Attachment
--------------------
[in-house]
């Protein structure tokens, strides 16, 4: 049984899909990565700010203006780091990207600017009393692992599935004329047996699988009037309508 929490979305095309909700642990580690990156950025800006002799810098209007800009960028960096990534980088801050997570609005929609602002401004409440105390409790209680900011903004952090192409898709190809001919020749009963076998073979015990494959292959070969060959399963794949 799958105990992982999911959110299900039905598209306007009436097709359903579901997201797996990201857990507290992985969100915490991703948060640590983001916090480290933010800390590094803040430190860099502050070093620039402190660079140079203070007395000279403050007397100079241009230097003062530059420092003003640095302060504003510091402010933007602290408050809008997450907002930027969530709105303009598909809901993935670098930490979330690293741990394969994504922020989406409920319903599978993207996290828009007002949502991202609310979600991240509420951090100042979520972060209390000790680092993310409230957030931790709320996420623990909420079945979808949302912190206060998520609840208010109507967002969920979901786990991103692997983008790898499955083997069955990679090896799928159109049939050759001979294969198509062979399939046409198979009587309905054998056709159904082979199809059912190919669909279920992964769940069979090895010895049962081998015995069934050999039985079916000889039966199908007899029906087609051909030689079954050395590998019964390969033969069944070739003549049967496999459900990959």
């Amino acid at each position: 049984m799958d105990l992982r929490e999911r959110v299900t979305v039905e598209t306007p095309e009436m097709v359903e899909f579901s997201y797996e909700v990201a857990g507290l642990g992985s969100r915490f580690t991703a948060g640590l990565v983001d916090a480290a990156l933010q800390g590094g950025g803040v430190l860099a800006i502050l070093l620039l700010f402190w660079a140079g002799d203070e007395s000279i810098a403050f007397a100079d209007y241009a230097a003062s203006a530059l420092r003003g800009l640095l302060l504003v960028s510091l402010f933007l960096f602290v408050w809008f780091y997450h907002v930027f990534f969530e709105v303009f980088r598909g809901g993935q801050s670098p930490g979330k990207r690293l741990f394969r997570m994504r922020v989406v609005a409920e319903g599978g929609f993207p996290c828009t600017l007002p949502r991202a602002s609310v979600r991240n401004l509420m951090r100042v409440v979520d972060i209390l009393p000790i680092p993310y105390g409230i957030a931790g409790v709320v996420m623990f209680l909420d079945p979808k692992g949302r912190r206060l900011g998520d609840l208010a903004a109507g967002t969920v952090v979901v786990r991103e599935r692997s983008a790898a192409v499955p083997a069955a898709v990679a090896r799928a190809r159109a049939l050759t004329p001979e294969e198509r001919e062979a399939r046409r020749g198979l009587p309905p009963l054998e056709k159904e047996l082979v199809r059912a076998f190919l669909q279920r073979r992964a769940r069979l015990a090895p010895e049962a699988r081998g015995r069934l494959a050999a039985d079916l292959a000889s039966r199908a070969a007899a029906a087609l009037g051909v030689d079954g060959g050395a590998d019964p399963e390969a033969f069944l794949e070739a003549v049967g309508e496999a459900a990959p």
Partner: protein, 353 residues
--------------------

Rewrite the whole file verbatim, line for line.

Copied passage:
[in-house]
């Protein structure tokens, strides 16, 4: 049984899909990565700010203006780091990207600017009393692992599935004329047996699988009037309508 929490979305095309909700642990580690990156950025800006002799810098209007800009960028960096990534980088801050997570609005929609602002401004409440105390409790209680900011903004952090192409898709190809001919020749009963076998073979015990494959292959070969060959399963794949 799958105990992982999911959110299900039905598209306007009436097709359903579901997201797996990201857990507290992985969100915490991703948060640590983001916090480290933010800390590094803040430190860099502050070093620039402190660079140079203070007395000279403050007397100079241009230097003062530059420092003003640095302060504003510091402010933007602290408050809008997450907002930027969530709105303009598909809901993935670098930490979330690293741990394969994504922020989406409920319903599978993207996290828009007002949502991202609310979600991240509420951090100042979520972060209390000790680092993310409230957030931790709320996420623990909420079945979808949302912190206060998520609840208010109507967002969920979901786990991103692997983008790898499955083997069955990679090896799928159109049939050759001979294969198509062979399939046409198979009587309905054998056709159904082979199809059912190919669909279920992964769940069979090895010895049962081998015995069934050999039985079916000889039966199908007899029906087609051909030689079954050395590998019964390969033969069944070739003549049967496999459900990959």
């Amino acid at each position: 049984m799958d105990l992982r929490e999911r959110v299900t979305v039905e598209t306007p095309e009436m097709v359903e899909f579901s997201y797996e909700v990201a857990g507290l642990g992985s969100r915490f580690t991703a948060g640590l990565v983001d916090a480290a990156l933010q800390g590094g950025g803040v430190l860099a800006i502050l070093l620039l700010f402190w660079a140079g002799d203070e007395s000279i810098a403050f007397a100079d209007y241009a230097a003062s203006a530059l420092r003003g800009l640095l302060l504003v960028s510091l402010f933007l960096f602290v408050w809008f780091y997450h907002v930027f990534f969530e709105v303009f980088r598909g809901g993935q801050s670098p930490g979330k990207r690293l741990f394969r997570m994504r922020v989406v609005a409920e319903g599978g929609f993207p996290c828009t600017l007002p949502r991202a602002s609310v979600r991240n401004l509420m951090r100042v409440v979520d972060i209390l009393p000790i680092p993310y105390g409230i957030a931790g409790v709320v996420m623990f209680l909420d079945p979808k692992g949302r912190r206060l900011g998520d609840l208010a903004a109507g967002t969920v952090v979901v786990r991103e599935r692997s983008a790898a192409v499955p083997a069955a898709v990679a090896r799928a190809r159109a049939l050759t004329p001979e294969e198509r001919e062979a399939r046409r020749g198979l009587p309905p009963l054998e056709k159904e047996l082979v199809r059912a076998f190919l669909q279920r073979r992964a769940r069979l015990a090895p010895e049962a699988r081998g015995r069934l494959a050999a039985d079916l292959a000889s039966r199908a070969a007899a029906a087609l009037g051909v030689d079954g060959g050395a590998d019964p399963e390969a033969f069944l794949e070739a003549v049967g309508e496999a459900a990959p």
Partner: protein, 353 residues